Ruritania is a mythical land of forests, mountains, lakes, medieval villages with picturesque houses and impressive castles. Created originally by Anthony Hope for his book, ‘The Prisoner of Zenda’, the term became synonymous with a type of romantic, idealistic landscape forming backgrounds to stories of intrigue and adventure.

As I travelled through Central Europe it became apparent that much of the charm and attraction of this area was due to the appeal of these ‘Ruritanian’ elements, such as gothic churches, baroque castles and romantic, small towns with open squares surrounded by tall buildings with ornate, elegant facades.

Náměstí Republiky in Plzeň, Czech Republic
Náměstí Republiky in Plzeň, Czech Republic

In most Central European counties such as Poland, the Czech Republic, Slovenia and Croatia, the historical background of the region explains the existence and survival of these lovely places. During the Dark Ages after the decline of the Roman Empire, fortresses were built to defend communities against marauding bands. Small towns grew up next to the forts, benefitting from their protection and thriving from crafts and trade. As the social order improved there was more trade and the castle owners became wealthy and more important, using their affluence to improve and decorate their homes and villagers doing the same.

Hluboka Nad Vltavou Castle, Czech Republic
Hluboka Nad Vltavou Castle, Czech Republic

On the Eastern edge of Europe, most countries, developing in size and shape due to alliances and leadership ambitions, were subject to frequent invasion by neighbouring cultures. The Ottoman Empire continued to advance into South Eastern Europe for over six-hundred years, whilst Germanic, Swedish, Lithuanian, Italian, Venetian and Austro-Hungarian Empires all moved into and out of Central Europe leaving their architectural and cultural influences.

In Slovenia today, for example, there is obvious evidence of Austro-Hungarian architecture, together with Italian building styles. Culinary choices, whilst celebrating the local and regional specialities, have an Austrian love of coffee and cakes, an Italian taste for pasta and fish dishes and Hungarian goulash is on more than one menu. A more recent Soviet past has left an appreciation of spirits, but Slovenian wine is excellent and precedes even French viticulture historically.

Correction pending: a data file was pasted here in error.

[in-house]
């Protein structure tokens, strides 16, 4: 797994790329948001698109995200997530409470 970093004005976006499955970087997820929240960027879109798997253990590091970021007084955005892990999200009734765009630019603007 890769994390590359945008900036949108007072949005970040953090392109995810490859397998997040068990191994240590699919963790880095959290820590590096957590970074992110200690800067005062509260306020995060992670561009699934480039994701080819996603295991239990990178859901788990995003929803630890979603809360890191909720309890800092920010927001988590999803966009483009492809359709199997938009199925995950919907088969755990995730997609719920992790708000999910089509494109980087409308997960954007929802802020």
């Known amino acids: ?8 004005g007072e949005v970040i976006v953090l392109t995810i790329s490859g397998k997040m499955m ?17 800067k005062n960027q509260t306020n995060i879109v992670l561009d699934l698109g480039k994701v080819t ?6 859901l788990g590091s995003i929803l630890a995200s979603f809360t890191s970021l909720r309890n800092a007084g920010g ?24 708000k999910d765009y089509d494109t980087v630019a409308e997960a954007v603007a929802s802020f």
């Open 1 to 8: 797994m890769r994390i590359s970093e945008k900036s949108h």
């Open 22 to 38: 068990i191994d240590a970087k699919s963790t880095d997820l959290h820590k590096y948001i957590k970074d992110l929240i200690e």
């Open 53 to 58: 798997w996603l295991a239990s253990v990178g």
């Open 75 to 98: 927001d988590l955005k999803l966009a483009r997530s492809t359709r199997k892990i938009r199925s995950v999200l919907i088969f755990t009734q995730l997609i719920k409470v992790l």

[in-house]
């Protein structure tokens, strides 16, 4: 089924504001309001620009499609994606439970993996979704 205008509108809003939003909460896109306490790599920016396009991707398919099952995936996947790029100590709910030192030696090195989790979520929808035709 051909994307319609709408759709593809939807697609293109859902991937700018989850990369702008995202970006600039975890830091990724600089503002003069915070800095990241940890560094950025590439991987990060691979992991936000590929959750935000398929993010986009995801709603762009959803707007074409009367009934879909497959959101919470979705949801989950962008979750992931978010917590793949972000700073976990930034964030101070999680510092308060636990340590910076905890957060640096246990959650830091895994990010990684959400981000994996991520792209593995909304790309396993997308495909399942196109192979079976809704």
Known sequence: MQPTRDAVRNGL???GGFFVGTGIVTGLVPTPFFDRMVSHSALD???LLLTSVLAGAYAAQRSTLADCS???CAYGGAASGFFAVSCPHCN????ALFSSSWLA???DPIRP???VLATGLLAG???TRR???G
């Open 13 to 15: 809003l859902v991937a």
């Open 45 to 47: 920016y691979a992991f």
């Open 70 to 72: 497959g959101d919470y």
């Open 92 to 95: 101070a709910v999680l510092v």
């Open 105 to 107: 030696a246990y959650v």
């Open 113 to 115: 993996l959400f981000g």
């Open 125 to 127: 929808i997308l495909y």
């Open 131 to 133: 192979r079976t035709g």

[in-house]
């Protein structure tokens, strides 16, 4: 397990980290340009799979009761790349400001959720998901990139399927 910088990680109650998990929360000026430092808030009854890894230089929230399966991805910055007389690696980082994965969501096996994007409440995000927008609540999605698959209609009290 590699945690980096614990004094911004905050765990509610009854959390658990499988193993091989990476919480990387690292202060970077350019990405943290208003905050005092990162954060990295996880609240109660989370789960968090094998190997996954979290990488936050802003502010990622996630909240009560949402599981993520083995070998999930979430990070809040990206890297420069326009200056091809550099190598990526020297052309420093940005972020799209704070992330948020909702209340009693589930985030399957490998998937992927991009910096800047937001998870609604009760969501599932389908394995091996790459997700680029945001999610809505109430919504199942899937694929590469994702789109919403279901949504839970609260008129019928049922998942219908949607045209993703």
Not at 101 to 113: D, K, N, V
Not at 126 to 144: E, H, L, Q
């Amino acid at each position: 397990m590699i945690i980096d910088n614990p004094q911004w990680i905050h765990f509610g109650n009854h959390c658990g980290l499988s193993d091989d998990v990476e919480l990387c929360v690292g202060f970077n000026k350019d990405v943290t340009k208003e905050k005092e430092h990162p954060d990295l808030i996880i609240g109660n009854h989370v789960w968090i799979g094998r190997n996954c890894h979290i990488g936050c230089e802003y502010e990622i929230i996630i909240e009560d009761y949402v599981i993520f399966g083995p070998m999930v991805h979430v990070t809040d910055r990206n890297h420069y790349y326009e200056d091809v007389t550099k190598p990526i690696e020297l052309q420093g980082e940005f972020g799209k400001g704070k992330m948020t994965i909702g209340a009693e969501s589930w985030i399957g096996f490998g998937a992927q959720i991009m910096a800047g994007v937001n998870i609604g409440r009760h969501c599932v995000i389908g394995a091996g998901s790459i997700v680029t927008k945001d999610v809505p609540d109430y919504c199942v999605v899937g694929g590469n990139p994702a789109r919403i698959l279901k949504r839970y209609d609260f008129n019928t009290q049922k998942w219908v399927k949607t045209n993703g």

Slovenian local cooking
Slovenian local cooking

As these countries enjoy their relatively recent independence and celebrate their unique cultural mixes, local cultural events and festivals are more and more popular. Classical music concerts are wonderful pastimes on warm summer evenings, especially in the shadow of some imposing castle. Colourful local traditions are promoted and enjoyed by residents and visitors. The Five-petalled Rose celebrations in Cesky Krumlov in the Czech Republic, the traditional splashing of water over each other on Easter Monday in Poland and the resurgence of Carnivals in Croatia are examples of the fun and exuberance of traditional celebrations.

Spending time in these gorgeous places was, a decade or so ago, a matter of accepting some state-run, bland accommodation, but nothing could now be further than the truth with excellent, boutique, charming hotels bursting with local character available in most destinations. Often chateaux, country houses and even castles have accommodation and restaurants within their walls.

Český Krumlov, Czech Republic
Český Krumlov, Czech Republic

Experience and enjoy what the very heart of Europe has to offer now. A wealth of history within a story-book world.